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Organic Consumers Association

'Fracking' Overtakes 'Climate Change' in Google Searches

For related articles and more information, please visit OCA's Environment and Climate Resource Center page.

NEW YORK - Not so long ago, fracking was a technical term little known beyond the energy industry. Now it's coming to Hollywood, as the fierce battle between environmentalists and oil firms is played out in several forthcoming films.

Hydraulic fracturing, the controversial drilling technique also known as fracking, has lifted U.S. energy output dramatically, despite warnings from critics who fear it pollutes water deep underground.

Any shift in public opinion could impact policy - and huge sums in energy spending - since drilling regulations are under review by President Barack Obama's administration and local officials around the country. The high stakes involve a range of issues from U.S. energy independence, to protection of drinking water.

Both sides are using movies to try to win the debate, though actor Matt Damon says viewers should not assume the movie he stars in, "Promised Land," is "a rabid anti-fracking polemic."

In the film, Damon plays a gas company landman - an agent who buys or leases land - intent on drilling beneath a town where some residents are concerned about the perils of fracking. As the landman gets to know the townspeople, he suffers a crisis of conscience.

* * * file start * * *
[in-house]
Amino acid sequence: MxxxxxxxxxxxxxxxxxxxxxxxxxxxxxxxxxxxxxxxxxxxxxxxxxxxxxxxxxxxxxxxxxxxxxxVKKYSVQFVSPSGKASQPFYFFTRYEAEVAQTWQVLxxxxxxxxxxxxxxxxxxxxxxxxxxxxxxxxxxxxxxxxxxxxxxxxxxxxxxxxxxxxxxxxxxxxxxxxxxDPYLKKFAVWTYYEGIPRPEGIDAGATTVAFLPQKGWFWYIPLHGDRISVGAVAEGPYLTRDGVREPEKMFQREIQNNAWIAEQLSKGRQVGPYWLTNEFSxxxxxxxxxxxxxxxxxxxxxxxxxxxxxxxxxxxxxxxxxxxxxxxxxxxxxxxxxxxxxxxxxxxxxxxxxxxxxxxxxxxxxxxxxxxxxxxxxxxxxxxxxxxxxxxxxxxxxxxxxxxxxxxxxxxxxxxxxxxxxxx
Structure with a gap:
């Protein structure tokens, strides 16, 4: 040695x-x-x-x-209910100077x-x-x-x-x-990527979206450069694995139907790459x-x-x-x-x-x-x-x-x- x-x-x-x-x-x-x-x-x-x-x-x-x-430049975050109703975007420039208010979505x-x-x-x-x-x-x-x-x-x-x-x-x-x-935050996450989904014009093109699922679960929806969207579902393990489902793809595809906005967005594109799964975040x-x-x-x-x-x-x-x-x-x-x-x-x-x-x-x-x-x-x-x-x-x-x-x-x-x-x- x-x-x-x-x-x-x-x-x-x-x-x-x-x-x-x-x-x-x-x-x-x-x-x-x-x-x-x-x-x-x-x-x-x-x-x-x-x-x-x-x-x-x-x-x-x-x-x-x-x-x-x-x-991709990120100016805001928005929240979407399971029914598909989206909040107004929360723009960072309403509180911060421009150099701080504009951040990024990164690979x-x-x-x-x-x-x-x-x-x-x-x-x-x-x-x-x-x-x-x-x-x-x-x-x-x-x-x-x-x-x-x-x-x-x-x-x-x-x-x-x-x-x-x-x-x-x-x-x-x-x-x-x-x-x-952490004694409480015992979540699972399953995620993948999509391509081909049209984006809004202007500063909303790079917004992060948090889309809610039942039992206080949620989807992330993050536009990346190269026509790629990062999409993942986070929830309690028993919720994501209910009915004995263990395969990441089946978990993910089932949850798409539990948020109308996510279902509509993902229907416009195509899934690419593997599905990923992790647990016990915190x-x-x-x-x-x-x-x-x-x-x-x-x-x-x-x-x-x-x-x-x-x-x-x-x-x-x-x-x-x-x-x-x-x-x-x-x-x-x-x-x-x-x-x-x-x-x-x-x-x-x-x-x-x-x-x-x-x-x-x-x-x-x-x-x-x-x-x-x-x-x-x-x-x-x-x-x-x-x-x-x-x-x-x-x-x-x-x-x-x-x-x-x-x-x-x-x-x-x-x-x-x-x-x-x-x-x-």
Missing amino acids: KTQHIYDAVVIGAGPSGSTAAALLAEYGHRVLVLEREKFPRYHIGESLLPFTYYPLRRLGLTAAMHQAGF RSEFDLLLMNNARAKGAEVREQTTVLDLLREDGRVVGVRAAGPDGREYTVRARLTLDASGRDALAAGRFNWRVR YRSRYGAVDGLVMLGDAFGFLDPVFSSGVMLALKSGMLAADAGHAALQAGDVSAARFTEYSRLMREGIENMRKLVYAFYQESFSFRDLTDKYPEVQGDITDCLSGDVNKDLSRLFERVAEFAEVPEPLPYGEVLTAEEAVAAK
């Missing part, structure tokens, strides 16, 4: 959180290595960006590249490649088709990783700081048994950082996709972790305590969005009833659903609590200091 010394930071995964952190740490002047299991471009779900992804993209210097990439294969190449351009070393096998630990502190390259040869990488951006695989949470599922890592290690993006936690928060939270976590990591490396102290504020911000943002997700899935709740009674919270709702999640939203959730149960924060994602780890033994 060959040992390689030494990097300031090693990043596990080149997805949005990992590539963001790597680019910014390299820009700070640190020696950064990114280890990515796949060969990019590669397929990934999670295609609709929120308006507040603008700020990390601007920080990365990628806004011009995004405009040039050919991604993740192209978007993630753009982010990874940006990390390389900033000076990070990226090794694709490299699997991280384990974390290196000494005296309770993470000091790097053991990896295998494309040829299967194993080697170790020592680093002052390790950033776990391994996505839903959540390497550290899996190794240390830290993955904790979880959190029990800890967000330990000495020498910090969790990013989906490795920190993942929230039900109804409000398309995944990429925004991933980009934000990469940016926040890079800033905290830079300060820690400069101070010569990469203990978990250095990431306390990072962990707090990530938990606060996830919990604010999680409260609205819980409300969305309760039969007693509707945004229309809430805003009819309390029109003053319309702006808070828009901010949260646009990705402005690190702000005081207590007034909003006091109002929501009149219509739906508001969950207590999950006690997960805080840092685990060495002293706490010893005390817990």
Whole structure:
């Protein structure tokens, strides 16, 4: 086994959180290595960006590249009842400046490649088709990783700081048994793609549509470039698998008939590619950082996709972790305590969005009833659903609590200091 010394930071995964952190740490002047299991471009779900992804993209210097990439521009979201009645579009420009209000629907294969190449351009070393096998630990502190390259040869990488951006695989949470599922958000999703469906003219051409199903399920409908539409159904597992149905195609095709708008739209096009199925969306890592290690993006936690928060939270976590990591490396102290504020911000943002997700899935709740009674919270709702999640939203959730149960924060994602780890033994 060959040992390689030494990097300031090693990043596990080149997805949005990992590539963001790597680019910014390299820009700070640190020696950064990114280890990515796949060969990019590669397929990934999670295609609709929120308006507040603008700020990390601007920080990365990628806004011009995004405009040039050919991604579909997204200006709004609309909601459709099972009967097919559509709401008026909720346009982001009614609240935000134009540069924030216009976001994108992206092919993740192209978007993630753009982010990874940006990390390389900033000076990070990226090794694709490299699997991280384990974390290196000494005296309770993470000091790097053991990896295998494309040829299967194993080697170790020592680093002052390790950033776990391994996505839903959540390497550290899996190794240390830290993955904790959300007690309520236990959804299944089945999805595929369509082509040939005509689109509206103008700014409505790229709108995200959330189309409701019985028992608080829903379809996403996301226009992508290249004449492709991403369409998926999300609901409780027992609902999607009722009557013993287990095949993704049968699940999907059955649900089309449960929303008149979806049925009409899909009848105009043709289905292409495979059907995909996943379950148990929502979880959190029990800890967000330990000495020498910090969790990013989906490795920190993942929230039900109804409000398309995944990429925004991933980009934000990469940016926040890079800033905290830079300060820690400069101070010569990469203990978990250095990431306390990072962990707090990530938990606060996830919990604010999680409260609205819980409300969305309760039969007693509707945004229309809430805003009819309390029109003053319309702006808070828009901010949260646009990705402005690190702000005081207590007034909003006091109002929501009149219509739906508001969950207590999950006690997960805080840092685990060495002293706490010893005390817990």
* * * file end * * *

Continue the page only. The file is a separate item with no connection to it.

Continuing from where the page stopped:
In an interview in Los Angeles, Damon said he worries that viewers will wrongly assume the film is one-sided and not see it. He declined to offer his personal view on fracking. "That's not the point. The point is that (the film) should start a conversation."

The Northern Irish director Phelim McAleer's documentary, "FrackNation," is an unabashedly pro-drilling mantra set to air next month on AXS TV, the cable network controlled by Dallas Mavericks owner and media mogul Mark Cuban.

McAleer views fracking as "the best thing ever," a potential savior for the U.S. economy, unless the forces he likes to call "Big Enviro" succeed in derailing it.

On the other side of the argument, HBO, the cable pay channel, could air a sequel to "Gasland," a scathing 2010 documentary from director Josh Fox, as early as next year.

The original film featured scenes of tap water erupting into flames and mobilized environmental groups against fracking, drawing full-throated rebuttals from an oil industry that says the process has never caused water problems.

Fox declined comment for this article.

Amid the showdown, both industry and anti-fracking camps have mounted major campaigns to sway hearts and minds.

"It could become the biggest environmental debate of our time," said Robert McNally, an energy policy expert and former White House adviser under George W. Bush. "Hollywood is taking notice, and the industry will have its work cut out for it to defend fracking."


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